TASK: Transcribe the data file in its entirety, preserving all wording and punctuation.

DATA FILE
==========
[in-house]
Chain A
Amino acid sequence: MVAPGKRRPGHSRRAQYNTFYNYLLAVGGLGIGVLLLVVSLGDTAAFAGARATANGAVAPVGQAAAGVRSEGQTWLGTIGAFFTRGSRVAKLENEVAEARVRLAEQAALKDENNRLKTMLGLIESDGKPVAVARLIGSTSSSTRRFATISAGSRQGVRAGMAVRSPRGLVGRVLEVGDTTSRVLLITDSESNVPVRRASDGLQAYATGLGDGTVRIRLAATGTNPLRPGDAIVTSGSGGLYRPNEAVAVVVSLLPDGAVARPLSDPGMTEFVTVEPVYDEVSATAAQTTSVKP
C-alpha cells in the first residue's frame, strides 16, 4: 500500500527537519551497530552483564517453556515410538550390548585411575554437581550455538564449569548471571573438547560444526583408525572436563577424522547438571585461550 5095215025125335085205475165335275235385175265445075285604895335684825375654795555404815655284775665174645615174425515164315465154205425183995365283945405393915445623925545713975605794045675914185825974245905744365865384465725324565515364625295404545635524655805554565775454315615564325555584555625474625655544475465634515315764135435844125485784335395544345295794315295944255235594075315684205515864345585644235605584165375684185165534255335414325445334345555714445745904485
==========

[in-house]
Chain A
Amino acid sequence: MVAPGKRRPGHSRRAQYNTFYNYLLAVGGLGIGVLLLVVSLGDTAAFAGARATANGAVAPVGQAAAGVRSEGQTWLGTIGAFFTRGSRVAKLENEVAEARVRLAEQAALKDENNRLKTMLGLIESDGKPVAVARLIGSTSSSTRRFATISAGSRQGVRAGMAVRSPRGLVGRVLEVGDTTSRVLLITDSESNVPVRRASDGLQAYATGLGDGTVRIRLAATGTNPLRPGDAIVTSGSGGLYRPNEAVAVVVSLLPDGAVARPLSDPGMTEFVTVEPVYDEVSATAAQTTSVKP
C-alpha cells in the first residue's frame, strides 16, 4: 500500500527537519551497530552483564517453556515410538550390548585411575554437581550455538564449569548471571573438547560444526583408525572436563577424522547438571585461550 5095215025125335085205475165335275235385175265445075285604895335684825375654795555404815655284775665174645615174425515164315465154205425183995365283945405393915445623925545713975605794045675914185825974245905744365865384465725324565515364625295404545635524655805554565775454315615564325555584555625474625655544475465634515315764135435844125485784335395544345295794315295944255235594075315684205515864345585644235605584165375684185165534255335414325445334345555714445745904485